Cancer operations cancelled in Nottingham due to ‘pressure’ on ICU

28 October 2020, 11:39 | Updated: 28 October 2020, 11:41

A woman in a mask walks past a sign reading: 'What's On! In Nottingham'
Nottingham University Hospitals NHS Trust medical director said they had taken the “extremely difficult decision” to postpone four cancer operations. Picture: PA

By Joe Cook

Nottingham hospitals have cancelled some cancer operations this week due to “pressure on intensive care units”, as hospitals across the country are hit by coronavirus pressures.

Nottingham University Hospitals NHS Trust medical director said they had taken the “extremely difficult decision” to postpone four cancer operations this week.

NHS England has told hospitals to provide close to the full levels of services for people with non-Covid illnesses, but despite this the Nottingham trust had already previously announced some non-urgent surgery would have to be cancelled.

Although it is understood that the trust has not implemented a blanket cancellation of cancer operations at this stage, they conceded any delay “will be incredibly hard for the patients and their families”.

Keith Girling, medical director of the Trust, said: "We've had to make the extremely difficult decision to postpone operations for four of our cancer/pre-cancer patients this week due to pressure on our intensive care units from both Covid-19 and non-Covid related emergencies.

"We expect to treat one of the postponed patients next week, and we're in contact with the others to arrange a new date, which will be imminent.

He added: “I'm truly sorry for any distress this will have caused.”

To combat the spread of the virus inside hospitals 11,000 frontline staff at the trust have been tested for Covid over the past two weeks, with 6,000 patients also tested so far.

However, Dr Girling explained the rising number of cases in the area has also led to an “increase in the number of staff and patients who are positive for coronavirus and not displaying symptoms but who are able pass it on to others who may then become seriously ill.”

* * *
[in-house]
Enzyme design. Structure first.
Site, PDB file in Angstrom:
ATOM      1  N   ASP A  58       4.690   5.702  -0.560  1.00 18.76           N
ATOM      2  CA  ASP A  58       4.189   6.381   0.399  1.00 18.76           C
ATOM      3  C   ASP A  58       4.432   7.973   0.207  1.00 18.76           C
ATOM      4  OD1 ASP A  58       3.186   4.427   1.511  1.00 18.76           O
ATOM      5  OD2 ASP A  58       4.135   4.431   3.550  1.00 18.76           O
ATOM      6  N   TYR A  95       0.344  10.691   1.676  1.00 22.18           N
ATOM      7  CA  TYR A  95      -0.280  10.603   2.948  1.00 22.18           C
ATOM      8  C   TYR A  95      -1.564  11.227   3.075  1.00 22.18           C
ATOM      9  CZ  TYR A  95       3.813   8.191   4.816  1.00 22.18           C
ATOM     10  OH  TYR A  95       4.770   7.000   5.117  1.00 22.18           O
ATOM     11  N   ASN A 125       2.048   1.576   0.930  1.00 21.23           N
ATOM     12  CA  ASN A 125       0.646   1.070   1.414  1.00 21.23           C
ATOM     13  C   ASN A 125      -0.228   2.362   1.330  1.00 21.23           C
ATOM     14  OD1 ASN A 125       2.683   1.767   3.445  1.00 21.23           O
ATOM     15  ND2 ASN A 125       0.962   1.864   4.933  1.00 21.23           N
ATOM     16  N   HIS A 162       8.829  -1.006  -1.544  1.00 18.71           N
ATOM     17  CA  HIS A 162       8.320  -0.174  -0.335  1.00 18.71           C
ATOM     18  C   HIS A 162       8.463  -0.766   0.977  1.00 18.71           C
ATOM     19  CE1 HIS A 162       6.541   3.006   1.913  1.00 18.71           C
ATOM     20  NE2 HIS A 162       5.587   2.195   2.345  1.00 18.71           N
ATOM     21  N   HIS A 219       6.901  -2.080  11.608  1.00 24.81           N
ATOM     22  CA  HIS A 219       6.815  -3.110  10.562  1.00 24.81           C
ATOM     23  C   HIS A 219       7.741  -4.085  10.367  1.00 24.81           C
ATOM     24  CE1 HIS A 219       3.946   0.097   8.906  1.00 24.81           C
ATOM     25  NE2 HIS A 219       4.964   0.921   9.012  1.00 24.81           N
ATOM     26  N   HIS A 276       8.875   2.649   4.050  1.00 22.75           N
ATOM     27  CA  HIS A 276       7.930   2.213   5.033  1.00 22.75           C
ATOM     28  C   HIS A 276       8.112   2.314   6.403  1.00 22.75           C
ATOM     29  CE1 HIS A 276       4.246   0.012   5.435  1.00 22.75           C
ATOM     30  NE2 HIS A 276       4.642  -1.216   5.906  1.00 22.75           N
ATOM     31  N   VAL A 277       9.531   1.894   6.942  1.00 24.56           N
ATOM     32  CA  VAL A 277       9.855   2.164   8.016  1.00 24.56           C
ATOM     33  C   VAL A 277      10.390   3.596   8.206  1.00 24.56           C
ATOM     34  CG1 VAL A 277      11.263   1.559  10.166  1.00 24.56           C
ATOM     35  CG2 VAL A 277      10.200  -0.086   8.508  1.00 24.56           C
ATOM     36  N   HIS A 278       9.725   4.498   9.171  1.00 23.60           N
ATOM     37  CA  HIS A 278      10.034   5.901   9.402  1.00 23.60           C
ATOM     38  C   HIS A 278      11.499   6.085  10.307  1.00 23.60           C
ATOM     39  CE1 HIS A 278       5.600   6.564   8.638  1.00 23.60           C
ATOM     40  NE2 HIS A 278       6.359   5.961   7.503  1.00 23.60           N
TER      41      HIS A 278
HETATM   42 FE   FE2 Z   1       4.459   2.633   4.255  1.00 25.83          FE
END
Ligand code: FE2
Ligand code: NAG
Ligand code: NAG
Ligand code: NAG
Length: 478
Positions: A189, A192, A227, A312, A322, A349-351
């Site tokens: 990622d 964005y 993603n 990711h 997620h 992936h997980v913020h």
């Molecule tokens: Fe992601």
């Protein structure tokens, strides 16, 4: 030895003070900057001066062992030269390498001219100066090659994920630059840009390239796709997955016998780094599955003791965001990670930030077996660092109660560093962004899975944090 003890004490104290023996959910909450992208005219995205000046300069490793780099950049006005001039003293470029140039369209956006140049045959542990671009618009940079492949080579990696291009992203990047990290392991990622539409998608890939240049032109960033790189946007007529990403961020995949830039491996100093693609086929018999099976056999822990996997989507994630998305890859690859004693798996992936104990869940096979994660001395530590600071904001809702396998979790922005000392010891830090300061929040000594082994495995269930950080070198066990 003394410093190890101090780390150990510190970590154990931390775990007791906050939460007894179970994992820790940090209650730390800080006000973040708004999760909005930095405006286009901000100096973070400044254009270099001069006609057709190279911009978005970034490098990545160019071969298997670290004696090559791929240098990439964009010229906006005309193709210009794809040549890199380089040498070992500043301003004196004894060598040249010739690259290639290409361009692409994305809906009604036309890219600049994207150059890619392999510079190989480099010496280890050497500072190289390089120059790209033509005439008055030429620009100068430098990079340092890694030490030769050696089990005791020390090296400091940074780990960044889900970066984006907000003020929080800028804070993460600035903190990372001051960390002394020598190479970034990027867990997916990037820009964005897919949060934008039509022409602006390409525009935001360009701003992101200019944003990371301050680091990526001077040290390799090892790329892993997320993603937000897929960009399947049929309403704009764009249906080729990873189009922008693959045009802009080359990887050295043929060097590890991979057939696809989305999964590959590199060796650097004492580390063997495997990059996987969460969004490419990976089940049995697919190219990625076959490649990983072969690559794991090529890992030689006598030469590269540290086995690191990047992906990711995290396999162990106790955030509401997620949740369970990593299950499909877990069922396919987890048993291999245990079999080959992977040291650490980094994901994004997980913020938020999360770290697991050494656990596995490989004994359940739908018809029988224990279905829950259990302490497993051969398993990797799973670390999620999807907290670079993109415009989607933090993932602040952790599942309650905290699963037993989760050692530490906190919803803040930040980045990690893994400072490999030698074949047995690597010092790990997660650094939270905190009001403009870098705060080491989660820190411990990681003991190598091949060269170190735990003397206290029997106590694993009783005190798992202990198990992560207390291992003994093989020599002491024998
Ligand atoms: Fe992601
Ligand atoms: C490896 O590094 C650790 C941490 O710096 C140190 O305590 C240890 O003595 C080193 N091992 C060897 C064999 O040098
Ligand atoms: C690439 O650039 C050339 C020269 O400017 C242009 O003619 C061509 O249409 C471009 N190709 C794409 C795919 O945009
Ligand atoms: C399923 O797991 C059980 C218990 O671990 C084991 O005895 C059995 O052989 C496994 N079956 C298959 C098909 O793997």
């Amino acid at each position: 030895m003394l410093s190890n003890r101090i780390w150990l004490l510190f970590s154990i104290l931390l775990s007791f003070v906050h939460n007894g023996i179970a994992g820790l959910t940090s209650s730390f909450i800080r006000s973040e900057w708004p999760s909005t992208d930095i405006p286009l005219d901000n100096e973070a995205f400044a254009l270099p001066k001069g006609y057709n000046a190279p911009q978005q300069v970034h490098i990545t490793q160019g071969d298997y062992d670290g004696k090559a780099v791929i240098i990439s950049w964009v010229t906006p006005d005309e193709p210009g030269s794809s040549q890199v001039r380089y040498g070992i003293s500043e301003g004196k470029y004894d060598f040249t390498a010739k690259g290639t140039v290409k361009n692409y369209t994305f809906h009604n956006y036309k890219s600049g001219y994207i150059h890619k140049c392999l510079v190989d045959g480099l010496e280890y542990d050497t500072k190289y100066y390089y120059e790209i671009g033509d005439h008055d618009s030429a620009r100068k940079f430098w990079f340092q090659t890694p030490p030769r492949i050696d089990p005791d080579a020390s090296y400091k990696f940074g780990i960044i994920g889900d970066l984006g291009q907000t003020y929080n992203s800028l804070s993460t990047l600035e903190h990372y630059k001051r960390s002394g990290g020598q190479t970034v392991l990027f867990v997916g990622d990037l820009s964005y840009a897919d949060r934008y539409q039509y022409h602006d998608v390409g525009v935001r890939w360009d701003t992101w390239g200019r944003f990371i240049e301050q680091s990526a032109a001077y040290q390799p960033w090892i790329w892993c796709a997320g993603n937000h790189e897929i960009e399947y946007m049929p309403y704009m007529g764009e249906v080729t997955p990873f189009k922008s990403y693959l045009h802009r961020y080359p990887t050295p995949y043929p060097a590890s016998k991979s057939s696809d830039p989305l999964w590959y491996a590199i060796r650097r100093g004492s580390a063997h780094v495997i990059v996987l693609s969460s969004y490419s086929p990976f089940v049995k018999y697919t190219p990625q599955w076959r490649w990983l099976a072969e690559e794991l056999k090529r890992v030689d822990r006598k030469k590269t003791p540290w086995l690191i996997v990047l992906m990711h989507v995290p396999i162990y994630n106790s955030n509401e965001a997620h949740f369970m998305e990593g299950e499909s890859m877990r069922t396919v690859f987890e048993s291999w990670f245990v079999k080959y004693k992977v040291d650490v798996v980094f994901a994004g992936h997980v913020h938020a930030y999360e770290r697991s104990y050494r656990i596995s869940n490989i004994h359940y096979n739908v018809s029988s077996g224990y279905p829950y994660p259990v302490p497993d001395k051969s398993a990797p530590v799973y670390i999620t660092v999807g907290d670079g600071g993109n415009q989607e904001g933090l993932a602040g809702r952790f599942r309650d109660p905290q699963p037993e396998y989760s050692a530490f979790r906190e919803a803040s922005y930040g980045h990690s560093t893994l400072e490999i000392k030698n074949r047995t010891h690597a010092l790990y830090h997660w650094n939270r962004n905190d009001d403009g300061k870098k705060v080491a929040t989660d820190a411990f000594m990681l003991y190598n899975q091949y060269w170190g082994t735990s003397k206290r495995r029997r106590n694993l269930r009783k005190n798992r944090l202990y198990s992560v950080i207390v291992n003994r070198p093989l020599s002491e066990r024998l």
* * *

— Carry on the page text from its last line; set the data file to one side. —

In an effort to not be forced to cancel more non-Covid treatment, Dr Girling said: "We are working closely with partners, and from next week we will be increasing our work with the independent sector to ensure we can continue to carry out urgent and cancer operations."

Nottingham hospitals are not the only ones to have suspended some treatments due to escalating admissions, with at least seven hospital trusts have cancelled or postponed operations.

Airedale Hospital, near Keighley in West Yorkshire, said it is suspending non-urgent surgery for two weeks.

It said in a statement: "We are seeing increasing demand on the hospital which is in turn meaning that our inpatient beds are at capacity.

"As a result, and as per our escalation plans, we have taken the decision to postpone any elective surgery that needs an overnight stay. This comes into effect immediately, for the next two weeks.

"Urgent and emergency cases and cancer surgery will be carrying on as normal.”

They added: "This is not a decision we take lightly, but is necessary to ensure that we can continue to care for the patients who need us most."

To free up beds, some of the Nightingale Hospitals in the north of England are to reopen, with the Manchester facility set to take recovering Covid patients from the end of this week.

But the British Medical Association (BMA), which represents around 70% of Britain's doctors, says NHS England’s call for hospitals to provide “near normal” levels of non-Covid care in the second wave is unrealistic.

Dr Rob Harwood, the chair of the BMA’s hospital consultants committee told The Guardian: “As we approach winter, it’s likely that many trusts will have no choice but to continue to restrict their elective care services, which is incredibly worrying for both staff and patients, as backlogs increase and health conditions potentially worsen.”